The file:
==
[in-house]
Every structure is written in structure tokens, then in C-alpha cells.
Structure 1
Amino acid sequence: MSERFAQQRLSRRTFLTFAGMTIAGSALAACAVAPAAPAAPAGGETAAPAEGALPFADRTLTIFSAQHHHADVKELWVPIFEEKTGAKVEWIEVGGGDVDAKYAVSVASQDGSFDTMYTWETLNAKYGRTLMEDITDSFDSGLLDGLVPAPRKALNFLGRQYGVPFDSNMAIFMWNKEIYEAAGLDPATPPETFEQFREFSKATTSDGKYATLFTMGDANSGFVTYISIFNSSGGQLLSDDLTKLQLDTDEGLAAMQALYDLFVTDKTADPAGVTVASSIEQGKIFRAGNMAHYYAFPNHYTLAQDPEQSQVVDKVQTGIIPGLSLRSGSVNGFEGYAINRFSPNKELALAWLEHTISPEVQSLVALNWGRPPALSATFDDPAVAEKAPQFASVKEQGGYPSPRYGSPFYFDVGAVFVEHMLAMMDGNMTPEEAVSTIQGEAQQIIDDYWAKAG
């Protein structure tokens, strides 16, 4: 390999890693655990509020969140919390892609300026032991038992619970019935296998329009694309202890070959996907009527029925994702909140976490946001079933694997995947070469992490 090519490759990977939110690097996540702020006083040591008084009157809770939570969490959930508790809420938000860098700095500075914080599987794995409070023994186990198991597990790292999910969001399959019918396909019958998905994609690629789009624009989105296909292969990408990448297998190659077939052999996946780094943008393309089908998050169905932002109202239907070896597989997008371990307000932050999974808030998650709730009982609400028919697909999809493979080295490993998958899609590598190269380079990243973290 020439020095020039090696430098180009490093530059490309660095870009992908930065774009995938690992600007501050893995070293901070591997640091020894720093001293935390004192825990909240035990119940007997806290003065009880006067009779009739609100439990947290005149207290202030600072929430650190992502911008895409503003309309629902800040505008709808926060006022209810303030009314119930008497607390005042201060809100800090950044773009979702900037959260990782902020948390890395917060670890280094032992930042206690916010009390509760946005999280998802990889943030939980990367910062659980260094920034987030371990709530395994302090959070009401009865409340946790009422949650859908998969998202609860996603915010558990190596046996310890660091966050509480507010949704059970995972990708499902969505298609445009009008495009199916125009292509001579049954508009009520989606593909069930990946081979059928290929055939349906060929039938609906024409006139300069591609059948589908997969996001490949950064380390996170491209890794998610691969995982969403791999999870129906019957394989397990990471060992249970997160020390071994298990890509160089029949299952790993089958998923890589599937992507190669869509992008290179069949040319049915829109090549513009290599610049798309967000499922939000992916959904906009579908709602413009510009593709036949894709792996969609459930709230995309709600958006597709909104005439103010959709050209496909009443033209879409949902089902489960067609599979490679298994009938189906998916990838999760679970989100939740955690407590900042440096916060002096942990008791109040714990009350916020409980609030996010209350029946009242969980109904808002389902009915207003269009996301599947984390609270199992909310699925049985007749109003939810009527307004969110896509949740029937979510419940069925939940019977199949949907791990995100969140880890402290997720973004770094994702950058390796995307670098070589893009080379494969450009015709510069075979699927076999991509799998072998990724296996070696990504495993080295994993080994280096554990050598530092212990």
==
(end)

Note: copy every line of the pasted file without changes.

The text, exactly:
[in-house]
Every structure is written in structure tokens, then in C-alpha cells.
Structure 1
Amino acid sequence: MSERFAQQRLSRRTFLTFAGMTIAGSALAACAVAPAAPAAPAGGETAAPAEGALPFADRTLTIFSAQHHHADVKELWVPIFEEKTGAKVEWIEVGGGDVDAKYAVSVASQDGSFDTMYTWETLNAKYGRTLMEDITDSFDSGLLDGLVPAPRKALNFLGRQYGVPFDSNMAIFMWNKEIYEAAGLDPATPPETFEQFREFSKATTSDGKYATLFTMGDANSGFVTYISIFNSSGGQLLSDDLTKLQLDTDEGLAAMQALYDLFVTDKTADPAGVTVASSIEQGKIFRAGNMAHYYAFPNHYTLAQDPEQSQVVDKVQTGIIPGLSLRSGSVNGFEGYAINRFSPNKELALAWLEHTISPEVQSLVALNWGRPPALSATFDDPAVAEKAPQFASVKEQGGYPSPRYGSPFYFDVGAVFVEHMLAMMDGNMTPEEAVSTIQGEAQQIIDDYWAKAG
């Protein structure tokens, strides 16, 4: 390999890693655990509020969140919390892609300026032991038992619970019935296998329009694309202890070959996907009527029925994702909140976490946001079933694997995947070469992490 090519490759990977939110690097996540702020006083040591008084009157809770939570969490959930508790809420938000860098700095500075914080599987794995409070023994186990198991597990790292999910969001399959019918396909019958998905994609690629789009624009989105296909292969990408990448297998190659077939052999996946780094943008393309089908998050169905932002109202239907070896597989997008371990307000932050999974808030998650709730009982609400028919697909999809493979080295490993998958899609590598190269380079990243973290 020439020095020039090696430098180009490093530059490309660095870009992908930065774009995938690992600007501050893995070293901070591997640091020894720093001293935390004192825990909240035990119940007997806290003065009880006067009779009739609100439990947290005149207290202030600072929430650190992502911008895409503003309309629902800040505008709808926060006022209810303030009314119930008497607390005042201060809100800090950044773009979702900037959260990782902020948390890395917060670890280094032992930042206690916010009390509760946005999280998802990889943030939980990367910062659980260094920034987030371990709530395994302090959070009401009865409340946790009422949650859908998969998202609860996603915010558990190596046996310890660091966050509480507010949704059970995972990708499902969505298609445009009008495009199916125009292509001579049954508009009520989606593909069930990946081979059928290929055939349906060929039938609906024409006139300069591609059948589908997969996001490949950064380390996170491209890794998610691969995982969403791999999870129906019957394989397990990471060992249970997160020390071994298990890509160089029949299952790993089958998923890589599937992507190669869509992008290179069949040319049915829109090549513009290599610049798309967000499922939000992916959904906009579908709602413009510009593709036949894709792996969609459930709230995309709600958006597709909104005439103010959709050209496909009443033209879409949902089902489960067609599979490679298994009938189906998916990838999760679970989100939740955690407590900042440096916060002096942990008791109040714990009350916020409980609030996010209350029946009242969980109904808002389902009915207003269009996301599947984390609270199992909310699925049985007749109003939810009527307004969110896509949740029937979510419940069925939940019977199949949907791990995100969140880890402290997720973004770094994702950058390796995307670098070589893009080379494969450009015709510069075979699927076999991509799998072998990724296996070696990504495993080295994993080994280096554990050598530092212990």